Phuket expats better buckle up – more changes for UK pension plans

PHUKET: THE UK government is continuing to shake things up for retirees and expatriate workers trying to make long-term plans for the post-work future with yet another shift of the goalposts, one of many in recent months.

The most dramatic change announced in the new budget, to go into effect next year, is the reduction in lifetime allowance to one million pounds. The UK’s Her Majesty’s Revenue and Customs (HMRC) department also just recently turned 180 degrees on its stance on flexibility for holders of offshore pensions (QROPS), following a directive it issued in December.

The move in lifetime allowance was not a surprise. It had gone up to 1.8mn pounds and then scaled back to 1.5mn, then down to 1.25mn. Budget problems in the UK are not likely to suddenly disappear, and thus I expect the government to continue to find more areas to squeeze a little bit more into its coffers. It will be interesting to see whether the trend continues next year.

A word of warning for people who have small pension pots and would like to cash them in to
access the money – the UK government is likely working on a way to squeeze tax from that scenario as well.

In December, the HMRC announced QROPS would have the same flexibility as domestic pensions, but it just announced the opposite – although apparently only “temporarily”. My guess is that the HMRC has realized that the change it made in hopes of raising revenues from UK residents has had an unintended side effect.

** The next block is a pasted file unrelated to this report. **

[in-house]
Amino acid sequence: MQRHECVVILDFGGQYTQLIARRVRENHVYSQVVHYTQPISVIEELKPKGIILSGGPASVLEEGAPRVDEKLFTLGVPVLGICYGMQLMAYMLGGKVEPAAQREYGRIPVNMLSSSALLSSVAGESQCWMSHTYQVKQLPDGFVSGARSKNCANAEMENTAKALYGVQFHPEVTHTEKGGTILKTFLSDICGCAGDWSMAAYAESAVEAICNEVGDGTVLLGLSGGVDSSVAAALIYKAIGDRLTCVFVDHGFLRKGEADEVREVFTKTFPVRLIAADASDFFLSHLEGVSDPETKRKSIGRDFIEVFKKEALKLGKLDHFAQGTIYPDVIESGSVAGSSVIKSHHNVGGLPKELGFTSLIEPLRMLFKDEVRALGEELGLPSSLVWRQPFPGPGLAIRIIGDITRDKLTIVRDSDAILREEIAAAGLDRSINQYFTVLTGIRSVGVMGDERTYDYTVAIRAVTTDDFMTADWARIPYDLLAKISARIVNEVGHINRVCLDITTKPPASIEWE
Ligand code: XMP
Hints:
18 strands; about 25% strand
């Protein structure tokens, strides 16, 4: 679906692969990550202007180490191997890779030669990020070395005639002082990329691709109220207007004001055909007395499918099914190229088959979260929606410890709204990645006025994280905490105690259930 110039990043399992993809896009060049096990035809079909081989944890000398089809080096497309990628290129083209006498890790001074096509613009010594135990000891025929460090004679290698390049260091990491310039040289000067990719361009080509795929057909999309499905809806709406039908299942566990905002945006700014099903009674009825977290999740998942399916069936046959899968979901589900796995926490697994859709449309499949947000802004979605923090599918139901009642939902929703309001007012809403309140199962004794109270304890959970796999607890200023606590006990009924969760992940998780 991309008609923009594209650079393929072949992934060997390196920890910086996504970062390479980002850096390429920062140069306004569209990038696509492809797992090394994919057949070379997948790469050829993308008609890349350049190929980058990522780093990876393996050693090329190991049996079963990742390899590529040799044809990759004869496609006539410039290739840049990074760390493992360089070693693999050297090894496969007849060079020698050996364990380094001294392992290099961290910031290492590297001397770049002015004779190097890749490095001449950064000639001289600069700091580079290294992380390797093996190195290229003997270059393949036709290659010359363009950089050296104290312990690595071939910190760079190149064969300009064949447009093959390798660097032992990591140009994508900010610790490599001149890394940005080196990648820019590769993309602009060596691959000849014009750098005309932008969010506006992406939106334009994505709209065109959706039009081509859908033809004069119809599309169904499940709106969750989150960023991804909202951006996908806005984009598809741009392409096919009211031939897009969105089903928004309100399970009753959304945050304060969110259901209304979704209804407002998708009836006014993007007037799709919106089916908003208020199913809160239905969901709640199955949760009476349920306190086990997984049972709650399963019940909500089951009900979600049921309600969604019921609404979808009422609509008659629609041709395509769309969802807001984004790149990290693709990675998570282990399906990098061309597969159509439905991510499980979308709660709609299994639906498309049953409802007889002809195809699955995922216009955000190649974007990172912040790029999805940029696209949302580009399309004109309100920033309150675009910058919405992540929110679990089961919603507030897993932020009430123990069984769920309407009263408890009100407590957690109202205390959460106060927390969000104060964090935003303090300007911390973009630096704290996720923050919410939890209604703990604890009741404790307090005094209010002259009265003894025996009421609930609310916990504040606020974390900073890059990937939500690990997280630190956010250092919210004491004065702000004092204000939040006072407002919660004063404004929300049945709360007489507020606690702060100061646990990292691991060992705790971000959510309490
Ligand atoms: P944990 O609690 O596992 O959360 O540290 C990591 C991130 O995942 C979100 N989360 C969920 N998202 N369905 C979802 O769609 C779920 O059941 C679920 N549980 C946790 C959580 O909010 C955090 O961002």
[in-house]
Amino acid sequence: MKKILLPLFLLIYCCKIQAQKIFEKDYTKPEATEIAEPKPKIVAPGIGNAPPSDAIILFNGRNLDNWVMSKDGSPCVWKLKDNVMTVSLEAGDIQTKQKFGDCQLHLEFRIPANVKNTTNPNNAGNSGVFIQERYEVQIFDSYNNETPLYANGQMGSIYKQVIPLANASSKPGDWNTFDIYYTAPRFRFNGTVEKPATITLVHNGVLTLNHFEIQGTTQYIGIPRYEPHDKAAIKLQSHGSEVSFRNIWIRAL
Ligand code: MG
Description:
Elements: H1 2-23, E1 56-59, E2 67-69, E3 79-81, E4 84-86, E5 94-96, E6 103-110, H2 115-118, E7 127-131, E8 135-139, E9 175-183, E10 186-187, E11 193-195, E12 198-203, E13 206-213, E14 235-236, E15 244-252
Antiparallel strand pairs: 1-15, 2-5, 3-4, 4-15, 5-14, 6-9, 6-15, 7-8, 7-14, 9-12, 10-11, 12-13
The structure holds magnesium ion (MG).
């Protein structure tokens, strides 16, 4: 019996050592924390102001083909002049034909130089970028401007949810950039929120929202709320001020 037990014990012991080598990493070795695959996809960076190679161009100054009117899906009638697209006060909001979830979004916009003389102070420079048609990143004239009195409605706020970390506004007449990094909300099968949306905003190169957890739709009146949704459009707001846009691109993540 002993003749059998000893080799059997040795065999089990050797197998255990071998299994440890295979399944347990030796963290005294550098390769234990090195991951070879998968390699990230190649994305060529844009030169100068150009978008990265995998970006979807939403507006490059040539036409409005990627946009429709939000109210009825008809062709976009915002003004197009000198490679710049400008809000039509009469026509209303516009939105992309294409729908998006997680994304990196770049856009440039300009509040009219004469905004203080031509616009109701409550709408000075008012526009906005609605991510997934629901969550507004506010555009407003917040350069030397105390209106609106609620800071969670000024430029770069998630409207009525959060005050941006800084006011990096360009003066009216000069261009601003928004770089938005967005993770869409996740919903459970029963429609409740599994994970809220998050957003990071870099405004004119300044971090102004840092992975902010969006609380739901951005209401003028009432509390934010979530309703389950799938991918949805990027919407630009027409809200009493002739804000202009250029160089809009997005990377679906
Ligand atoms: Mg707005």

The initial reason for changing the pension rules was to raise taxes from those with small pots that normally wouldn’t attract any tax due to the small drawdown limits. When the new flexibility for pensions remaining inside the UK system comes into effect this month, many people are expected to cash in the entire pot and for that one year move up into a high-tax bracket: 40%
collection on a pension from HMRC as opposed to 0%.

That’s great for raising revenue from UK residents, but it also creates a great opportunity for expats and one opportunity that the HMRC doesn’t want. As many jurisdictions were amending their QROPS legislation to simply follow whatever rules domestic UK pensions must follow, this allowed anyone deemed a non-resident for tax purposes to cash in their pension at taxation as low as 2.5%.

It seems that the HMRC didn’t realize the ramifications when it made the announcement in December, and is now scrambling to come up with a face-saving and revenue-raising solution. It is anybody’s guess where this will go next, and based on the recent history it is also up in the air how long any new rules they make will stay in place before the goalposts are moved again.

Getting your pension out of the UK into a low-tax jurisdiction while you still can is the most sensible thing to do, unless your pension is a small one. The new rules make it much more desirable to leave a five-figure pension in the UK unless you are already in a high-tax bracket from other UK-sourced income.

David Mayes MBA resides in Phuket and provides wealth management services to expatriates around the globe, focusing on UK pension transfers. He can be reached at or 085-335-8573. Faramond UK is regulated by the FCA and provides advice on pensions and taxation.

— David Mayes

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